Of more than 488,000 households that have applied for assistance since the program launched in March 2021, around 180,000 have been approved. Four percent were turned down and more than half of applicants are still awaiting a response, according to the study, produced by the National Equity Atlas, Housing Now and the Western Center on Law & Poverty using state data.
But even most tenants whose applications have been approved are still waiting for a check, according to the analysis. Of the 180,000 households whose applications have been approved, just over 75,000 households have been paid. And they still need more help: 90% of these households asked for more money again.
The number of people paid, according to the study, is significantly lower than what is shown on the state’s public dashboard – 191,000 households “served” and $2.2 billion paid.
Monica Hernández, spokeswoman for the California Department of Housing and Community Development, disputed the report’s findings and said the state’s dashboard contains “the most current and accurate numbers.”
Of 467,000 applications completed to date, 191,000 payments, or 41%, have been made, she said, and each week more than $80 million is paid out to more than 8,000 households.
The study authors said they stand by their analysis, which shows $900 million has been paid (“full claim, paid” in state data), while another $1.15 billion dollars has been approved (“application complete, payment pending”).
“It doesn’t matter if you have a piece of paper that says you’re approved, you need the money,” said Madeline Howard, senior attorney at Western Center and co-author of the report. “It doesn’t reflect the experience of renters living hand-to-mouth.”
The study also found that applicants waited an average of more than three months to get approved, and another month to get paid – 135 days in total. However, wait times have shortened: households who applied for assistance last March waited about six months to be paid, while those who applied in October had to wait just under four months.
In his email response, Hernández said the wait time metric “does not account for different rules applied by different apps at different times” or “for incomplete, duplicate, or potentially fraudulent apps that we just just cleared data.”
California received about $5.2 billion from the federal government to help renters stay housed and pay landlords. The state is responsible for administering about half of this, while 25 cities and counties administer the rest. The new study focuses on the state’s program, which covers nearly two-thirds of Californians.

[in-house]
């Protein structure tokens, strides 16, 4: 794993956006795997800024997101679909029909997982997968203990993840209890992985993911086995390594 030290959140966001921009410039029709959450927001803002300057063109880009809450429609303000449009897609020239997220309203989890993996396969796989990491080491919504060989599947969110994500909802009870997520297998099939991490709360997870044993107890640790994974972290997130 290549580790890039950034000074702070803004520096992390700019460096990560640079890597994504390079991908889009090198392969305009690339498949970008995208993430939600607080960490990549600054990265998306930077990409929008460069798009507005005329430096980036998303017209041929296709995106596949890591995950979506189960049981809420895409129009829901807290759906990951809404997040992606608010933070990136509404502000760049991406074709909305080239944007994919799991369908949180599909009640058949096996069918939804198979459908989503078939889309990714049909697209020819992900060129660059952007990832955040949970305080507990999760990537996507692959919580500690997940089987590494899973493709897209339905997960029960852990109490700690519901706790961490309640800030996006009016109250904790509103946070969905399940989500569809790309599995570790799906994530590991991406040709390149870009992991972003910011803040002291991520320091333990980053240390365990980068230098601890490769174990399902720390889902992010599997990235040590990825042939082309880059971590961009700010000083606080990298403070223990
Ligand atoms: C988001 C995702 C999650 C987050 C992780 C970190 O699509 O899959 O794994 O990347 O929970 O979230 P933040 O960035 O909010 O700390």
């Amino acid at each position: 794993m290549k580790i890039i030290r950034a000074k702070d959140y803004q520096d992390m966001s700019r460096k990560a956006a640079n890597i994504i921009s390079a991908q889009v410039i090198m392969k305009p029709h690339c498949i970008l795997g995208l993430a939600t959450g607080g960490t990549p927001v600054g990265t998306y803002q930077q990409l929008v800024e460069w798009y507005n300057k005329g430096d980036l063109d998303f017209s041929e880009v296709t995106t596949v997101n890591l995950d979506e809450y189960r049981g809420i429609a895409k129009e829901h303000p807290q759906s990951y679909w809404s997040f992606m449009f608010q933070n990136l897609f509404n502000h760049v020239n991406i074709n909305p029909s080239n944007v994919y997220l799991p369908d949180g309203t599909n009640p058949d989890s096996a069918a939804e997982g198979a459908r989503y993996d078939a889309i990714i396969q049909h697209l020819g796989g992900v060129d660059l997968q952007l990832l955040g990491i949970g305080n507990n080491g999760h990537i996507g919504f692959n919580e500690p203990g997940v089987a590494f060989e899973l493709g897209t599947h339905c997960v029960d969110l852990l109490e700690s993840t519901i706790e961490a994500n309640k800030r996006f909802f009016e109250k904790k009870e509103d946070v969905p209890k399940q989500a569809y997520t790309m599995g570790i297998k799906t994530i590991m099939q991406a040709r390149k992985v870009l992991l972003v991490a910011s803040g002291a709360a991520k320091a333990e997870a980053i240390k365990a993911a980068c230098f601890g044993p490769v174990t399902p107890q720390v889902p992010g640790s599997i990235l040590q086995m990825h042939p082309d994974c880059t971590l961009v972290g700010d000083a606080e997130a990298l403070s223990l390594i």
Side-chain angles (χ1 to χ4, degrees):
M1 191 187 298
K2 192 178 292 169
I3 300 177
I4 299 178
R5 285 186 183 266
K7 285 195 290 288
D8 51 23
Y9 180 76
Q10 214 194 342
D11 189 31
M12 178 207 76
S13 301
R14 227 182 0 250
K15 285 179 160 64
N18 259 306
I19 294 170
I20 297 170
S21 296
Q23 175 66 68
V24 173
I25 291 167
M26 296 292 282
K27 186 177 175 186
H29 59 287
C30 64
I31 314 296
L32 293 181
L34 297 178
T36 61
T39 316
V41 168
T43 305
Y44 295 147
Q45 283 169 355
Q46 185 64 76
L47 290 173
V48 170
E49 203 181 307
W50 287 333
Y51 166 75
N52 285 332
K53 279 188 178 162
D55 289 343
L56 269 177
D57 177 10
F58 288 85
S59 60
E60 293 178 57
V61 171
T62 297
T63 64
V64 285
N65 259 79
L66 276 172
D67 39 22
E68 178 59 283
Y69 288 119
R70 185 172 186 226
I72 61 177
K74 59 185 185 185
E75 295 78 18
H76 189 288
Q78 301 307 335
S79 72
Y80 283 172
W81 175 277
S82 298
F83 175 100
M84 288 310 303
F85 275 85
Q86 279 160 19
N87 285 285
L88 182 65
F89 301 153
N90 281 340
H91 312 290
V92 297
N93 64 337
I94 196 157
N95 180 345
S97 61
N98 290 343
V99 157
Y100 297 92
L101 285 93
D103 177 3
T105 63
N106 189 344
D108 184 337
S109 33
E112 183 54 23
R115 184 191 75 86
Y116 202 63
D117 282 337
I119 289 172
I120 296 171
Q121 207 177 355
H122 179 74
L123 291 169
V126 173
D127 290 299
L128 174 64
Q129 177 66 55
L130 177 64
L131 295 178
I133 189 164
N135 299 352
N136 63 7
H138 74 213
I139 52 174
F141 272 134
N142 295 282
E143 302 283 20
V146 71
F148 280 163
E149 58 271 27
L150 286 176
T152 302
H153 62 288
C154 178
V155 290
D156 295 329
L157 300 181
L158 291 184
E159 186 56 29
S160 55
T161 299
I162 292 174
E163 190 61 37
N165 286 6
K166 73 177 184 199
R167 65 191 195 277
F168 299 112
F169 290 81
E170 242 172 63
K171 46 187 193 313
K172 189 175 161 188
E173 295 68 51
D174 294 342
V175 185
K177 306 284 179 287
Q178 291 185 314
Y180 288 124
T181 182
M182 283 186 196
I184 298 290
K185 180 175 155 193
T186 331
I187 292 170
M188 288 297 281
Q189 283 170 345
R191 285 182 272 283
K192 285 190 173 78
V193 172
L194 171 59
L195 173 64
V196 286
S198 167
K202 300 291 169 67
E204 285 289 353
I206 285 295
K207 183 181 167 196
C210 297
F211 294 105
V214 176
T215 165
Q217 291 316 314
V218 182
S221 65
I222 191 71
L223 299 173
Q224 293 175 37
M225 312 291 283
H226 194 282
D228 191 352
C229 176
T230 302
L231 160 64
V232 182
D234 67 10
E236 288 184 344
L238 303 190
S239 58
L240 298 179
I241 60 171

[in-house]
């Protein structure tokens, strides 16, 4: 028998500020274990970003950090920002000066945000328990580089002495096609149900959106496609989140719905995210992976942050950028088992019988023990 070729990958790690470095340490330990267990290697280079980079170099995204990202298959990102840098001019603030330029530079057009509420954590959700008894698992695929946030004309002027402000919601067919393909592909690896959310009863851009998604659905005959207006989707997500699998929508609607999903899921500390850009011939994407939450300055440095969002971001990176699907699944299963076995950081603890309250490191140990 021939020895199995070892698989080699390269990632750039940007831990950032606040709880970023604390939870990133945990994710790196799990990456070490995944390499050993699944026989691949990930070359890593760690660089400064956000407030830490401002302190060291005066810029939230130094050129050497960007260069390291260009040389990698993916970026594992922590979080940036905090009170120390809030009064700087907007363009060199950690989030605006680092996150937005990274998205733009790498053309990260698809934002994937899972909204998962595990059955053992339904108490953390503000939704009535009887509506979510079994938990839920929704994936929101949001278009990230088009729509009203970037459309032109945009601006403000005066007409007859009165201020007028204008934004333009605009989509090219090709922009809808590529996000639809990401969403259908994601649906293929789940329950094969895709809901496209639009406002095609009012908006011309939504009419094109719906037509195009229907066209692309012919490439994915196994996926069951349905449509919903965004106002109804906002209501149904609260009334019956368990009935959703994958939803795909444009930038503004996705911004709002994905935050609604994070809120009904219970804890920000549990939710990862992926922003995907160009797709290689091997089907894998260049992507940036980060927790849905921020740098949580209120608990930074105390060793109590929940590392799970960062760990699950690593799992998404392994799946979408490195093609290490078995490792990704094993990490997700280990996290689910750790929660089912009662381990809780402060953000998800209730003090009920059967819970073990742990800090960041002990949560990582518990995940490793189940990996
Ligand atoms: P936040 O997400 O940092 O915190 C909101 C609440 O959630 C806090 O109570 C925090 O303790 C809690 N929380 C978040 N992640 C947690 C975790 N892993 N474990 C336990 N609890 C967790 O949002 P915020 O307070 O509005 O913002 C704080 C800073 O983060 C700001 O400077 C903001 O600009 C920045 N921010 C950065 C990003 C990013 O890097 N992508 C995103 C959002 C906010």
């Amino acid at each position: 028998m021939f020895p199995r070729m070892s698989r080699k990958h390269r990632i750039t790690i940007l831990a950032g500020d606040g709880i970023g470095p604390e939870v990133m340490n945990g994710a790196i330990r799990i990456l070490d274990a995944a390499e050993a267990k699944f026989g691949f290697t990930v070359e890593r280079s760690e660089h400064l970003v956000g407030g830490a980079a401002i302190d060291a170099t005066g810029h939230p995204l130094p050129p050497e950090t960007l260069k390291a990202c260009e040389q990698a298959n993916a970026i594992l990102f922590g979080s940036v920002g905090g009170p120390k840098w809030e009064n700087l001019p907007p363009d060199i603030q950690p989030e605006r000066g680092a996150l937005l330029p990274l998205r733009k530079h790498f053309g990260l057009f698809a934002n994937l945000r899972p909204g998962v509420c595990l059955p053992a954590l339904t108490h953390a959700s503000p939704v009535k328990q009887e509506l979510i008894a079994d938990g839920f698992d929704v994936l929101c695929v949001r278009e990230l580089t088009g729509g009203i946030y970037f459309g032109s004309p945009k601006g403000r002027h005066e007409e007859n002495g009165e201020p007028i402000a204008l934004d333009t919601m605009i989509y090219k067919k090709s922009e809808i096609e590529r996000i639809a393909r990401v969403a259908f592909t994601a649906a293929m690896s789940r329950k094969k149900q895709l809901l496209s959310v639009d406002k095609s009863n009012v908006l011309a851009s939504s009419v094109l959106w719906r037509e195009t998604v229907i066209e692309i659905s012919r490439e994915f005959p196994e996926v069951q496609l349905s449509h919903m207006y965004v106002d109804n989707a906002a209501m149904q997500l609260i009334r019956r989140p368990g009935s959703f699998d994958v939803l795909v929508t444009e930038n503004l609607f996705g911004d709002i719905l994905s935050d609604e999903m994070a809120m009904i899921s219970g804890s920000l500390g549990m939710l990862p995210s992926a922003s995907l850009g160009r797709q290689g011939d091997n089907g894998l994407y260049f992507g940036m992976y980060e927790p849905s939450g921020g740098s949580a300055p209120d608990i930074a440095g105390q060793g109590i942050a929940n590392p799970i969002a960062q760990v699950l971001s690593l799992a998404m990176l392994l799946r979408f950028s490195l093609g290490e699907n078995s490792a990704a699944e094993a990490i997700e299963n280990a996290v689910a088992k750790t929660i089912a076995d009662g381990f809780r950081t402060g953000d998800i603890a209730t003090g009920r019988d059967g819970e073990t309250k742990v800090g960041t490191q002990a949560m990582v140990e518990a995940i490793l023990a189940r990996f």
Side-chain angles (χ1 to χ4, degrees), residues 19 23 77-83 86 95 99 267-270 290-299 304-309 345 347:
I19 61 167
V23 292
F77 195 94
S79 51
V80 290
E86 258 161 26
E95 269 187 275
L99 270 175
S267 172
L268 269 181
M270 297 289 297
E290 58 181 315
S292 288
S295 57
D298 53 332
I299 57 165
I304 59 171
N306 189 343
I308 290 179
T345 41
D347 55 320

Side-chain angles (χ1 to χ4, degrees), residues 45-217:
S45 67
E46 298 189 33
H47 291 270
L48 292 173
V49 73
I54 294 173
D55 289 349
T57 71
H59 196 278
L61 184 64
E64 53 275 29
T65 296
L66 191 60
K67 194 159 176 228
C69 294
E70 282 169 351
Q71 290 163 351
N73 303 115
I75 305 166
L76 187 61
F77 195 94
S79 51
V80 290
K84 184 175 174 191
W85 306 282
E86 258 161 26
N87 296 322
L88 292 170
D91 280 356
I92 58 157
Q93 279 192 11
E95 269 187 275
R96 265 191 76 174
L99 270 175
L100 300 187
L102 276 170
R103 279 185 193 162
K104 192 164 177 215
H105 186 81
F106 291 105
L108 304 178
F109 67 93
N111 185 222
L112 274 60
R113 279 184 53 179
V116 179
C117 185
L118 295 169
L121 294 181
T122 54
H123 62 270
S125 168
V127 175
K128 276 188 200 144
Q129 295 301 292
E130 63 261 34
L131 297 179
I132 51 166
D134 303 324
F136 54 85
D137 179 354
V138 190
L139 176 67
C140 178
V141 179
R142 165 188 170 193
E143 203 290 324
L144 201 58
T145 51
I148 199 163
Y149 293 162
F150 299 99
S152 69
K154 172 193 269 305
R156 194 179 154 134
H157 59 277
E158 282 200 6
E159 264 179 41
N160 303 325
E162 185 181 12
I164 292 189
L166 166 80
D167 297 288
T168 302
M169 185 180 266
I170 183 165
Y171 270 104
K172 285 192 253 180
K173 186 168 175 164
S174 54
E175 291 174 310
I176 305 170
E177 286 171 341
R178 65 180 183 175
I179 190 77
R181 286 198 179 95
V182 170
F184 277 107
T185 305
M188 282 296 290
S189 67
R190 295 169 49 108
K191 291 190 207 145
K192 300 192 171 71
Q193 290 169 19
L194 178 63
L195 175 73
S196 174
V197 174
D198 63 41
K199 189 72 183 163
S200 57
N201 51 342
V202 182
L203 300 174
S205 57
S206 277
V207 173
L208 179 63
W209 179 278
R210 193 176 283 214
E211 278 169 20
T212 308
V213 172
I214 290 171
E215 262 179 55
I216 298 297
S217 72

In January, the state received $62 million in additional federal aid, just 3% of the nearly $2 billion requested in November. Still, California received a third of the reallocated funds from the U.S. Treasury, which Hernandez said speaks to “federal officials’ confidence in our ability to distribute funds to needy households in a timely manner.”
According to Hernández, a budget bill passed by the Legislature in February that allocates General Fund dollars to state and local rent relief programs “means that each eligible applicant requesting assistance for eligible costs submitted and incurred at most late March 31, 2022, will be assisted.”
The new study is the most comprehensive look yet at how rent relief is playing out in California.
The full dataset was only released to the Western Center through the Public Records Act after the center announced its intention to sue the Department of Housing and Community Development, which administers the program with using a private contractor. Repeated requests from the Public Records Act for the full dataset had already been denied. These groups have tracked California’s eviction and rent relief efforts from the start.
CalMatters requested similar data from the state through multiple requests under the Public Records Act and was repeatedly told the data did not exist.
“We don’t track data or report on when people applied and then they got a response. What we do is we can look at the age of applications in the system and make sure all applications are assigned to a certain date,” said Geoffrey Ross, Assistant Director of the Financial Aid Division. federal to the housing department. CalMatters on October 11.
Hernández said that statement was accurate at the time.
A state ban on evictions for nonpayment of rent went into effect early in the pandemic and has been extended several times. This protection ended last October – on one condition. Until March 31, landlords would be barred from evicting tenants for non-payment of rent until September 30, 2021, if they had applied for rent relief from the state. This extra layer of protection disappears on April 1.
“I’m really confused as to why we haven’t heard anything about expanding eviction protections,” Howard said. “People are waiting. They don’t have their money. »
The state’s rent relief program continues to face other challenges that have persisted since its inception, according to another recent survey of 58 tenant organizations across the state by Tenants Together, a group of defense. Ninety percent of survey respondents reported difficulty accessing the app and 82% reported difficulty getting information about their apps.
The survey found that California’s most vulnerable tenants — including non-English speakers, seniors and people with informal leases — continue to face the greatest barriers to getting rent relief.
“I think there’s a lack of understanding in the legislature that people become homeless after being evicted from their homes,” said Shanti Singh, legislative and communications director for the group that conducted the investigation.